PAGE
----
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Increasing returns and network structure in the evolutionary dynamics of industries

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  • Andrea Bonaccorsi
  • Paola Giuri

Abstract

The paper explores the idea that properties at the level of firms coevolve with more aggregate properties at the level of market institutions in the dynamics of industries. We propose that the structure of network of vertical relations limits the effect of increasing returns at the firm level. The paper develops a set of empirical measures and discusses a detailed case study of the commercial jet engine industry. The analysis of the structural dynamics of the network of vertical relations between engine suppliers and airframe manufacturers during the history of the industry (1958-1997) explains a final configuration of the industry marked by the coexistence of increasing returns to investments in R&D and marketing activities, with an intense competition among a few large incumbents, a low level of concentration and a strong instability of market shares. The emergence of a hierarchical network with a core and a periphery leads to equalisation of technical and market opportunities within the core and prevents incumbents to exit the industry.

Suggested Citation

  • Andrea Bonaccorsi & Paola Giuri, 1999. "Increasing returns and network structure in the evolutionary dynamics of industries," LEM Papers Series 1999/12, Laboratory of Economics and Management (LEM), Sant'Anna School of Advanced Studies, Pisa, Italy.
  • Handle: RePEc:ssa:lemwps:1999/12
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    File URL: http://www.lem.sssup.it/WPLem/files/1999-12.pdf
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    References listed on IDEAS

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    4. David, Paul A, 1985. "Clio and the Economics of QWERTY," American Economic Review, American Economic Association, vol. 75(2), pages 332-337, May.
    5. Romer, Paul M, 1990. "Endogenous Technological Change," Journal of Political Economy, University of Chicago Press, vol. 98(5), pages 71-102, October.
    6. Liebowitz, S J & Margolis, Stephen E, 1995. "Path Dependence, Lock-in, and History," Journal of Law, Economics, and Organization, Oxford University Press, vol. 11(1), pages 205-226, April.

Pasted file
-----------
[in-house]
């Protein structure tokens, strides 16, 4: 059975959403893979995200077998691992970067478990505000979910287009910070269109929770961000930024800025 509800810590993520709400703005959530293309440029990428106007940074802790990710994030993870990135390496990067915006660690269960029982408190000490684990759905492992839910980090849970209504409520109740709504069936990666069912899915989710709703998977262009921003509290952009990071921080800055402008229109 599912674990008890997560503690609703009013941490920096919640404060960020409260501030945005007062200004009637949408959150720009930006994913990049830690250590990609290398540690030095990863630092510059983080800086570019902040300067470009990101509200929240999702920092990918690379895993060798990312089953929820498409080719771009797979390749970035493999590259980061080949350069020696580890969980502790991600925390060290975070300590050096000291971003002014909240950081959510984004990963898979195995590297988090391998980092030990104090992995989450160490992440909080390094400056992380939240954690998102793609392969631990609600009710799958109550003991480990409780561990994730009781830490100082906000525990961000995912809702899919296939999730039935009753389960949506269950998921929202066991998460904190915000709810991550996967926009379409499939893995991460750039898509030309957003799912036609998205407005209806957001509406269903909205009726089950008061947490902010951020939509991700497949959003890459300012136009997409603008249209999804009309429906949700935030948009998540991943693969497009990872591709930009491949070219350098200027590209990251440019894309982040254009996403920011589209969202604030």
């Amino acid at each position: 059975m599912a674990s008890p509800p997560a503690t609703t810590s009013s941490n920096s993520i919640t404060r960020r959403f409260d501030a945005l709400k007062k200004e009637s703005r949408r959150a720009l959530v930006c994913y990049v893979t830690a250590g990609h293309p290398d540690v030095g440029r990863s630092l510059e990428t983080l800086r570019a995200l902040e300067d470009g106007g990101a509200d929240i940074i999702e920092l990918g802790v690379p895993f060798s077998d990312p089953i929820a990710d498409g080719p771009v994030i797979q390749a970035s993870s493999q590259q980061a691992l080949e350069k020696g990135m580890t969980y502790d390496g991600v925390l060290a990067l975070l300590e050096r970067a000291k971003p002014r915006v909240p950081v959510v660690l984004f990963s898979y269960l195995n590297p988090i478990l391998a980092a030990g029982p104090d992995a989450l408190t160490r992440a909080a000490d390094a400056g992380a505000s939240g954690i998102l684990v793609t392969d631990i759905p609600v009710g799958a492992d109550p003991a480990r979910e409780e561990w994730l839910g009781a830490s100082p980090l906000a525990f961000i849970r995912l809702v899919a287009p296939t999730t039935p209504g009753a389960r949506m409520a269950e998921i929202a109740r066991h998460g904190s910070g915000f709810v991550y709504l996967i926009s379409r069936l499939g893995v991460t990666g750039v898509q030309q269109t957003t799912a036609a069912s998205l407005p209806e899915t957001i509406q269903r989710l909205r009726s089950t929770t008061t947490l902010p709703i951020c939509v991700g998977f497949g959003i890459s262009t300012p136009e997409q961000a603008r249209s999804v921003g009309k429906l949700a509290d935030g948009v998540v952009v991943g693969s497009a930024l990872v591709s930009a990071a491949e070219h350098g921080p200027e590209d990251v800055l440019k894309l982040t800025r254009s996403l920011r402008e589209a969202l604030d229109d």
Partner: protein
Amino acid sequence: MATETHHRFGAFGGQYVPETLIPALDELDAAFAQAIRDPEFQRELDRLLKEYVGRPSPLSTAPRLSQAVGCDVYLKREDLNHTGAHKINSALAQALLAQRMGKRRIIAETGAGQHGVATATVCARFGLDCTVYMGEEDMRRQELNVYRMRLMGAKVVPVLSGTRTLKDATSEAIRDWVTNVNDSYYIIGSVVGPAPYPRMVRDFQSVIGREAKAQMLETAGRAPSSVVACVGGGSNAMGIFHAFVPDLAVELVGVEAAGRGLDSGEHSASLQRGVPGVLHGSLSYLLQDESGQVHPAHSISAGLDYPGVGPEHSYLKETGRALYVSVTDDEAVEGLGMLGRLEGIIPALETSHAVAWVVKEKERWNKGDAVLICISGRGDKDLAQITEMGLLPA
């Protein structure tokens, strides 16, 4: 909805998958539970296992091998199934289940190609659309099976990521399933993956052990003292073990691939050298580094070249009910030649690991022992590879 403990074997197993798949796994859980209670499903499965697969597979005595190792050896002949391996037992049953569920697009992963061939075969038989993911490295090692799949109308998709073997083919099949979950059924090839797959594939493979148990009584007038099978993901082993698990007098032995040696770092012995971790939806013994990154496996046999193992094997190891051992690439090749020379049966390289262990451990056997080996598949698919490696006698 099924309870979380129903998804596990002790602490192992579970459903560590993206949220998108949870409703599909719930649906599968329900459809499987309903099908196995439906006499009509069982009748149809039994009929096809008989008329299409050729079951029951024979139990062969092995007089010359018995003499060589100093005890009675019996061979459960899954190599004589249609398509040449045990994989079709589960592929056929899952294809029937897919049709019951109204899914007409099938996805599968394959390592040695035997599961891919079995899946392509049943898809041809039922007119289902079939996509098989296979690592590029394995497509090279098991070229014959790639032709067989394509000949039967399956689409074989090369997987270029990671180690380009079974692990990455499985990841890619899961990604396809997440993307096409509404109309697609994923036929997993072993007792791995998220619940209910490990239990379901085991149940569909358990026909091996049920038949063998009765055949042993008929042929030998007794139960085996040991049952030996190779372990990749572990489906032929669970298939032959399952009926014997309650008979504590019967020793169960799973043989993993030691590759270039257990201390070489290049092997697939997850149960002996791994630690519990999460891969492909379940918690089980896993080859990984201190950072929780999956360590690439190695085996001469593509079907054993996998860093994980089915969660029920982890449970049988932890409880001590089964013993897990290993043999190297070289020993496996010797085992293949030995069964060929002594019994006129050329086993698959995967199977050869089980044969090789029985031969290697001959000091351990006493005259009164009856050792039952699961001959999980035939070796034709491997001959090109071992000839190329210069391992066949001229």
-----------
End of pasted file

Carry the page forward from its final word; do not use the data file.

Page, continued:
7. James J. Anton & Dennis A. Yao, 1992. "Coordination in Split Award Auctions," The Quarterly Journal of Economics, Oxford University Press, vol. 107(2), pages 681-707.
    8. Mazzucato, Mariana, 1998. "A computational model of economies of scale and market share instability," Structural Change and Economic Dynamics, Elsevier, vol. 9(1), pages 55-83, March.
    9. Paul A. David, 1997. "Path Dependence and the Quest for Historical Economics: One More chorus of Ballad of QWERTY," Oxford University Economic and Social History Series _020, Economics Group, Nuffield College, University of Oxford.
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    11. Windrum, Paul & Birchenhall, Chris, 1998. "Is product life cycle theory a special case? Dominant designs and the emergence of market niches through coevolutionary-learning," Structural Change and Economic Dynamics, Elsevier, vol. 9(1), pages 109-134, March.
    12. Gort, Michael & Klepper, Steven, 1982. "Time Paths in the Diffusion of Product Innovations," Economic Journal, Royal Economic Society, vol. 92(367), pages 630-653, September.
    13. Andrea Bonaccorsi & Paola Giuri, 2000. "Industry Life Cycle and the Evolution of an Industry Network," LEM Papers Series 2000/04, Laboratory of Economics and Management (LEM), Sant'Anna School of Advanced Studies, Pisa, Italy.
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    Cited by:

    1. Bonaccorsi, Andrea & Giuri, Paola, 2001. "The long-term evolution of vertically-related industries," International Journal of Industrial Organization, Elsevier, vol. 19(7), pages 1053-1083, July.

    More about this item

    Keywords

    increasing returns; concentration; market shares; aircraft-engine industry; vertical relations; network.;

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